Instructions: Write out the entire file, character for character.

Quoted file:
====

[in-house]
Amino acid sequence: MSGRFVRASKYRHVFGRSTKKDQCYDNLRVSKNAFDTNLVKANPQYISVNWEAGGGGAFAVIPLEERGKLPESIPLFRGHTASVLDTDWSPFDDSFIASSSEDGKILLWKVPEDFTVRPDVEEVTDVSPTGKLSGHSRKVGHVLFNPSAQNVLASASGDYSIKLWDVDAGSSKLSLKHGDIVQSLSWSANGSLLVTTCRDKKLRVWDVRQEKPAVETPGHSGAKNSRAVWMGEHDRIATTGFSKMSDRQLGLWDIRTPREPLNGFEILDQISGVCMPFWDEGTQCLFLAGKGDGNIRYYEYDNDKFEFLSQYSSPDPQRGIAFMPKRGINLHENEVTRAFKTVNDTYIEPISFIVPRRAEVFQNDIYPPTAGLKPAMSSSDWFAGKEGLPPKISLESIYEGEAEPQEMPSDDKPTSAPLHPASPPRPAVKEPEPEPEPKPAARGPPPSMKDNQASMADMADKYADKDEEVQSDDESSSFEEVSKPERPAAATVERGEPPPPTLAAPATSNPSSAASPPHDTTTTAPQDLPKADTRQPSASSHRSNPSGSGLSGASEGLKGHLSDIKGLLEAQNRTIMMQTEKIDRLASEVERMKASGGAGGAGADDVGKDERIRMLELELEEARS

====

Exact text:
[in-house]
Amino acid sequence: MSGRFVRASKYRHVFGRSTKKDQCYDNLRVSKNAFDTNLVKANPQYISVNWEAGGGGAFAVIPLEERGKLPESIPLFRGHTASVLDTDWSPFDDSFIASSSEDGKILLWKVPEDFTVRPDVEEVTDVSPTGKLSGHSRKVGHVLFNPSAQNVLASASGDYSIKLWDVDAGSSKLSLKHGDIVQSLSWSANGSLLVTTCRDKKLRVWDVRQEKPAVETPGHSGAKNSRAVWMGEHDRIATTGFSKMSDRQLGLWDIRTPREPLNGFEILDQISGVCMPFWDEGTQCLFLAGKGDGNIRYYEYDNDKFEFLSQYSSPDPQRGIAFMPKRGINLHENEVTRAFKTVNDTYIEPISFIVPRRAEVFQNDIYPPTAGLKPAMSSSDWFAGKEGLPPKISLESIYEGEAEPQEMPSDDKPTSAPLHPASPPRPAVKEPEPEPEPKPAARGPPPSMKDNQASMADMADKYADKDEEVQSDDESSSFEEVSKPERPAAATVERGEPPPPTLAAPATSNPSSAASPPHDTTTTAPQDLPKADTRQPSASSHRSNPSGSGLSGASEGLKGHLSDIKGLLEAQNRTIMMQTEKIDRLASEVERMKASGGAGGAGADDVGKDERIRMLELELEEARS